Zach Bolinger/Icon Sportswire via Getty Images 1. The Steelers defense is carrying its share of the load. In 2013, the Steelers finished outside the Top 10 in total defense for the first time since 1999. And in going through a rebuild on that side of the ball, they haven’t finished back in the Top 10 since. Meanwhile, Antonio Brown and Le’Veon Bell have emerged as elite playmakers on offense, and Pittsburgh’s identity has changed accordingly.
First and 10: On Tyrod Taylor’s Benching and a Thursday Night Football Solution Brett Carlsen/Getty Images 1. The biggest game of this weekend for a handful of NFL teams will be at the Coliseum, and the Rams aren’t even home on Sunday. Archrivals USC and UCLA meet for the 87th time, and potential Top 5 picks Sam Darnold and Josh Rosen will lock horns for the final time (presuming at least one declares for the draft) as collegians. Should be a fun one. 2.
Mark Goldman/Icon Sportswire via Getty Images We all love to look at every decision football teams make with a big-picture focus, and that especially goes for those involving quarterbacks. And so it’s been easy, as the Vikings’ quarterback situation has been dissected, to wonder where it’s going post-2017, with the contracts of all three guys on the roster up after this year and two of them carrying first-round investments made by the team.
Muck Rack makes it simple to find people, tweets, or articles that mention any name, keyword, company, hashtag etc. We've compiled this guide to help you make the most of your search.
Selecting a term
Start searching tweets, articles from media outlets, articles mentioned in tweets, journalists'
names, titles and bios with some suggested searches:
Companies or Topics (e.g. iPhone, Microsoft)
Phrases (e.g. "cloud computing") — use quotes to keep the terms together
Twitter handles (e.g. @username) — returns those who have mentioned or replied to
Names (e.g. "David Pogue")
Hashtags (e.g. #sxsw, #london2012)
Bio details (e.g. vegan, Olympics, father)
Muck Rack's Advanced Search allows for many boolean operators.
Find results that mention multiple specified terms, use AND or
+. For example, ensure each result contains both Elon Musk and Mark Zuckerberg by
searching Musk AND Zuckerberg or Musk + Zuckerberg.
Use the operators OR or , to broaden your search when you'd like either of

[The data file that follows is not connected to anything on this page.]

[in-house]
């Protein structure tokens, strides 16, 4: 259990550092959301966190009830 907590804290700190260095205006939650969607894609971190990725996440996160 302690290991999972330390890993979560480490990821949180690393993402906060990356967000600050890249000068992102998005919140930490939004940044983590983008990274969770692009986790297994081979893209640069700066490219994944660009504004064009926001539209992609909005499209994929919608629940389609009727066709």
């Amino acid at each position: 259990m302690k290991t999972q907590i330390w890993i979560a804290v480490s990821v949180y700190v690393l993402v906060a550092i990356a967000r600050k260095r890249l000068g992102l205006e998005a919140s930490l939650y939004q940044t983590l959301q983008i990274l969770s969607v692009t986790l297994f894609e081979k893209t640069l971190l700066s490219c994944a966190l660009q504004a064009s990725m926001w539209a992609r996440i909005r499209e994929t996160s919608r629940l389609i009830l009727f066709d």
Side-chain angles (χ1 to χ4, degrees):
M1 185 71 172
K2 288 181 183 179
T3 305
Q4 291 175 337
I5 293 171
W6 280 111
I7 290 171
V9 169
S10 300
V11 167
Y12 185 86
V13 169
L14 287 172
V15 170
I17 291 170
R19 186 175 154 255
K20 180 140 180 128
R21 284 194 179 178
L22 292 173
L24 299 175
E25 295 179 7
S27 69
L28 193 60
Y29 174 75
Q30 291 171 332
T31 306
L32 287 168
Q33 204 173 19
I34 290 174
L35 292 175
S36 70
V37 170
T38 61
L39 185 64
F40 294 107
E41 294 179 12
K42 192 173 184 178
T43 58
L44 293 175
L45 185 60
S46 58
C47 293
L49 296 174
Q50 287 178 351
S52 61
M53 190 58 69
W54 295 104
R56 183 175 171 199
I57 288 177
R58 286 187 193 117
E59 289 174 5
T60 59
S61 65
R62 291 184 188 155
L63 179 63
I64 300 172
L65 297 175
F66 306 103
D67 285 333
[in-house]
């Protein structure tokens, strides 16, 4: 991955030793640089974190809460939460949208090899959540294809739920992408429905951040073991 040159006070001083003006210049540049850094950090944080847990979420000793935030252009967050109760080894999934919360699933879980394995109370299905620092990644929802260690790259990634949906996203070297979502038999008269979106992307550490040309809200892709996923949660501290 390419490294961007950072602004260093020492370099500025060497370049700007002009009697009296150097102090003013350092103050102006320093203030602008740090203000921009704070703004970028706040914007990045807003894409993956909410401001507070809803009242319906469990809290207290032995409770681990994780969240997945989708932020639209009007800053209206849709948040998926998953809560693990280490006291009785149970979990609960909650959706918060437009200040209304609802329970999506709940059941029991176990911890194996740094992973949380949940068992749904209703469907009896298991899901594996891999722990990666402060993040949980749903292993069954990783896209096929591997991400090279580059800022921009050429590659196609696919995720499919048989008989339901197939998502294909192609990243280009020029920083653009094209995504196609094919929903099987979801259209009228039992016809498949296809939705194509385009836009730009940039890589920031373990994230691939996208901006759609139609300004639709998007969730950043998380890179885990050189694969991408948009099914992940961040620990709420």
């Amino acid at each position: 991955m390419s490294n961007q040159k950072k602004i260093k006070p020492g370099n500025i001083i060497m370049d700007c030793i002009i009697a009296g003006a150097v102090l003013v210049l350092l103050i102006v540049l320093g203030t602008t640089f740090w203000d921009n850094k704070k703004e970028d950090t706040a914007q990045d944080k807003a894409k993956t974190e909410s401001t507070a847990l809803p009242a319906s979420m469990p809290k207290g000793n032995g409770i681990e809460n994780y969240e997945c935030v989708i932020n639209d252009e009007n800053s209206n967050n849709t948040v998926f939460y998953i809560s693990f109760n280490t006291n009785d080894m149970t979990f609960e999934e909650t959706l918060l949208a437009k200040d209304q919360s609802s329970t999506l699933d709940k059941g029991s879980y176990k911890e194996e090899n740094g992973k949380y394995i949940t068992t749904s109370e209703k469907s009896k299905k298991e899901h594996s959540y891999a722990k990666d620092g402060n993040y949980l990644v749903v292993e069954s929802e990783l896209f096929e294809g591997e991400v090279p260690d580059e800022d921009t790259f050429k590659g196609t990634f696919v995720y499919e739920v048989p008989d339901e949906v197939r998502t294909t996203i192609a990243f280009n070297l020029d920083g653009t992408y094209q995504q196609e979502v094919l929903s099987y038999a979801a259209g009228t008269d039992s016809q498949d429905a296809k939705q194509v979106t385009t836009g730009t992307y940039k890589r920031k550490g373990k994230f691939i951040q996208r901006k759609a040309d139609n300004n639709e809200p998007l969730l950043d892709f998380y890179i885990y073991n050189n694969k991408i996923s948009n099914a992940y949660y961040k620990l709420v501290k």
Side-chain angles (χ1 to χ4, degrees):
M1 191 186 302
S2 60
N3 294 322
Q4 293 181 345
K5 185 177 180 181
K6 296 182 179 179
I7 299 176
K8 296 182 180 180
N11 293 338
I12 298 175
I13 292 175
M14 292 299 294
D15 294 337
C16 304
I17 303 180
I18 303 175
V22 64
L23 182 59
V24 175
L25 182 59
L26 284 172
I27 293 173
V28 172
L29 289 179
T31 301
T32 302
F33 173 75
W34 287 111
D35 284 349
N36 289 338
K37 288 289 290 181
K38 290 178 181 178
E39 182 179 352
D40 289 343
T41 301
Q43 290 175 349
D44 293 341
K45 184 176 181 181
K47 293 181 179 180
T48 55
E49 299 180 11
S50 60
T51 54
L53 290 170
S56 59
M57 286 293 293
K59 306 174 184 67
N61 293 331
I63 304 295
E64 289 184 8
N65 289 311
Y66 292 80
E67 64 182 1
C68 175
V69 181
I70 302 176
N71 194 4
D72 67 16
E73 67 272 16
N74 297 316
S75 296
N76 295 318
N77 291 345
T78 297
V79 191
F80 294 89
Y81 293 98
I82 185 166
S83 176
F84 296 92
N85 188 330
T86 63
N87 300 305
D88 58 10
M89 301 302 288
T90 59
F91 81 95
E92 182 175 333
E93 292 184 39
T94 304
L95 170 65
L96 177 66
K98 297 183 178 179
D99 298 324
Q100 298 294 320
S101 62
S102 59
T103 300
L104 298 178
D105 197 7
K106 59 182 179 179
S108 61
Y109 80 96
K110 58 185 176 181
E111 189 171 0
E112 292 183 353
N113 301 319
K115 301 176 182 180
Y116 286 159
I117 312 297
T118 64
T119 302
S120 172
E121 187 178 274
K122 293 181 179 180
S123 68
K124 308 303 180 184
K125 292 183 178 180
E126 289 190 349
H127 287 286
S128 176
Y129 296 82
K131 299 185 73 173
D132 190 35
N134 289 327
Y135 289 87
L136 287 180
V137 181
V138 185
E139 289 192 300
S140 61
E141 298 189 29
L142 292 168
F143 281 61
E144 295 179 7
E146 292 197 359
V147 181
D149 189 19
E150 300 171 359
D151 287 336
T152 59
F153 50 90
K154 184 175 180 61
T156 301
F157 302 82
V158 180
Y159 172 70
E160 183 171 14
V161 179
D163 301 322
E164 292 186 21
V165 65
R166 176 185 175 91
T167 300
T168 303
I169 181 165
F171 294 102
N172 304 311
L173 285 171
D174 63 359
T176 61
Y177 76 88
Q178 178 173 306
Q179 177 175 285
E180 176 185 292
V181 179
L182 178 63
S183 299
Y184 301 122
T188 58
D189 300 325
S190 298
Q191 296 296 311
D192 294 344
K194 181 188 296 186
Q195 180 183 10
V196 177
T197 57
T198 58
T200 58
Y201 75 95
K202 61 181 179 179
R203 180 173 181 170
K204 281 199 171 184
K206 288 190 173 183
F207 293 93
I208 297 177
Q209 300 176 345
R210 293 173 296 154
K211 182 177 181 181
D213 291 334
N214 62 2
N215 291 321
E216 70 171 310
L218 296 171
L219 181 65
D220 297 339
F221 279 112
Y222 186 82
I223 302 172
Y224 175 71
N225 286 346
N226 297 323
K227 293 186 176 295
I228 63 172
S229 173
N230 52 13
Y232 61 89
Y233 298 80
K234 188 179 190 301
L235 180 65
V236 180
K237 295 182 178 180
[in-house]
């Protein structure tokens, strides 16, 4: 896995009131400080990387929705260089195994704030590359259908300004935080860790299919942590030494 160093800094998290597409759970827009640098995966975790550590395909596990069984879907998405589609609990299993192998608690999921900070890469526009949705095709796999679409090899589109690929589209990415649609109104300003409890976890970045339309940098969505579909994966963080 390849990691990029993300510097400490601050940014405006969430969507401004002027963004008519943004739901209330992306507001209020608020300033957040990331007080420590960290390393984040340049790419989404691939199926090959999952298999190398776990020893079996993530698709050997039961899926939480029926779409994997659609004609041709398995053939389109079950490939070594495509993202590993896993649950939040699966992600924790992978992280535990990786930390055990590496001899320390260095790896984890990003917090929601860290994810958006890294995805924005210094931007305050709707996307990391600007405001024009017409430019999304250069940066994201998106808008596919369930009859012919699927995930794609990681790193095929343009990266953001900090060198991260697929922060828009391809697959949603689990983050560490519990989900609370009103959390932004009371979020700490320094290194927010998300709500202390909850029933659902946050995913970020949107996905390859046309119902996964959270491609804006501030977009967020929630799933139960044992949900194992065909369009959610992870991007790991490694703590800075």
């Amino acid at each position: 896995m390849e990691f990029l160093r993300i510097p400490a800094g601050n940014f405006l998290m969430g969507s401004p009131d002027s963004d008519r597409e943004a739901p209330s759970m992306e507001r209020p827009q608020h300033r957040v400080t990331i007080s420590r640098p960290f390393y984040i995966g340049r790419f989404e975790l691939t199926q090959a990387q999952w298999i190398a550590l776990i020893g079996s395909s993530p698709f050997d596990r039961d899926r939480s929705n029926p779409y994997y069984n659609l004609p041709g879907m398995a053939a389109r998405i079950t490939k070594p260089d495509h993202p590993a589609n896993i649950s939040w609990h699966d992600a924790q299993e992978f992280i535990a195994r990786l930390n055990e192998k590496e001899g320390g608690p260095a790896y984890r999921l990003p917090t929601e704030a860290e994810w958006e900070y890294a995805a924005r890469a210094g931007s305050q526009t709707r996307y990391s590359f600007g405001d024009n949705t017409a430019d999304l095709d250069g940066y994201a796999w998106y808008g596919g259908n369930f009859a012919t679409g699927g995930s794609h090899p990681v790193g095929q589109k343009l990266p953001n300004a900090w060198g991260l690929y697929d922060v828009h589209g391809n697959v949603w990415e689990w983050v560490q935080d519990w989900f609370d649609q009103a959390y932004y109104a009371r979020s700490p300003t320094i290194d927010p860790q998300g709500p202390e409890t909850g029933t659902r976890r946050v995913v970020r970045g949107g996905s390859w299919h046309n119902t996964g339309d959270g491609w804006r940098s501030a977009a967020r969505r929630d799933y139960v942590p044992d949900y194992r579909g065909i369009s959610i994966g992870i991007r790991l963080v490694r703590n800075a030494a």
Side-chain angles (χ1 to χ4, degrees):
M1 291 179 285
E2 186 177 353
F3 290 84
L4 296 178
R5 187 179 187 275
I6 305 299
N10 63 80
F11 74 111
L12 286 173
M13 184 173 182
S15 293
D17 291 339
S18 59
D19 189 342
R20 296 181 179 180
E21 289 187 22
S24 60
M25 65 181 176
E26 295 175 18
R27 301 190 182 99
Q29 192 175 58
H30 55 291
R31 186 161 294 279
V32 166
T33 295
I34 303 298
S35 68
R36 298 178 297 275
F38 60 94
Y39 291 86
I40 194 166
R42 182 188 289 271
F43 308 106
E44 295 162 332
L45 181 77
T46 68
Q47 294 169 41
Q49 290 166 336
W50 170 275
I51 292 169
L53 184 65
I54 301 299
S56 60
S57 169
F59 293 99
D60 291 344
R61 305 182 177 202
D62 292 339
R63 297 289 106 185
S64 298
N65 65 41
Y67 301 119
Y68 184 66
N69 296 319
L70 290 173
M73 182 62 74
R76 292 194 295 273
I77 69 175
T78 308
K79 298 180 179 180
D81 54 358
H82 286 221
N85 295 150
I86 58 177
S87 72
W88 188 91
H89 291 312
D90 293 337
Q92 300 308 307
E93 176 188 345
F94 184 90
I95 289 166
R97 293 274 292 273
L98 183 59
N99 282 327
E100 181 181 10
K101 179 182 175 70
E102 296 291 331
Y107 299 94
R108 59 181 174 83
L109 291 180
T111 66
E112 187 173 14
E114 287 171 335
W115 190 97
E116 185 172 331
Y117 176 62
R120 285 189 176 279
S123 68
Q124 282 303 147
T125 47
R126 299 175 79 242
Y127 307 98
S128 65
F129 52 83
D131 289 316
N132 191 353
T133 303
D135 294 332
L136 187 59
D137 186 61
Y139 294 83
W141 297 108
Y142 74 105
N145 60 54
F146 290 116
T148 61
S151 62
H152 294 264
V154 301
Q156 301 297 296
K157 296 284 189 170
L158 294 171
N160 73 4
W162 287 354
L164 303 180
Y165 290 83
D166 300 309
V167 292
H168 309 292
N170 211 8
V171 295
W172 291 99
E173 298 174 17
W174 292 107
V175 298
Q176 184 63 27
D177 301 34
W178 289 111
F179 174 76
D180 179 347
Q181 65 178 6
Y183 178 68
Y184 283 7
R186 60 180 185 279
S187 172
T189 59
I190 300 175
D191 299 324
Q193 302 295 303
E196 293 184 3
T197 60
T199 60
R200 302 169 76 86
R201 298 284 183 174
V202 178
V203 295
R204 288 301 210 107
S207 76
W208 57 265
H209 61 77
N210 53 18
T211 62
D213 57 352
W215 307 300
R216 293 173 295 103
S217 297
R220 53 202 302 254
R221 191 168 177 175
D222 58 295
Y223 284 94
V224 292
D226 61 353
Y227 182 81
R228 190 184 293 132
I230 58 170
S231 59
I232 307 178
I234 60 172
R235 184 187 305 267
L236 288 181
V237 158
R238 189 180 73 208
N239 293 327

multiple terms to appear in results. (This is the default behavior of our search when no operators
are used). For example, results will contain either cake or cookie by searching cake OR cookie or cake,cookie
Use NOT or - to subtract results from your search. For
example, searching Disney will yield results about the Walt Disney Company as well as Walt Disney
World Resort. To exclude mentions of Disney World, search for Disney -World or Disney
When using one of these operators with a phrase, enclose it in quotation marks. For example, you can
find results about smartphones excluding Apple's iPhone 4S by searching smartphone -"iPhone
Exact case matching or punctuation
If you're searching for a brand name or keyword that relies on specific punctuation marks or capitalization, you can
find results that match your exact query by adding matchcase: before the keyword you're searching for, like matchcase:E*TRADE .
Use parentheses to separate multiple
boolean phrases. For example, to find journalists talking about having fun in Disney World or
Disneyland, search for ("disney world" OR disneyland) AND fun.
An asterisk can be used to search for any variation of a root word truncated by the asterisk. For example, searching for admin* will return results for administrator, administration, administer, administered, etc.
A near operator is an AND operator where you can control the distance between the words. You can vary the distance the near operation uses by adding a forward slash and number (between 0-99) such as strawberries NEAR/10 "whipped cream", which means the strawberries must exist within 10 words of "whipped cream".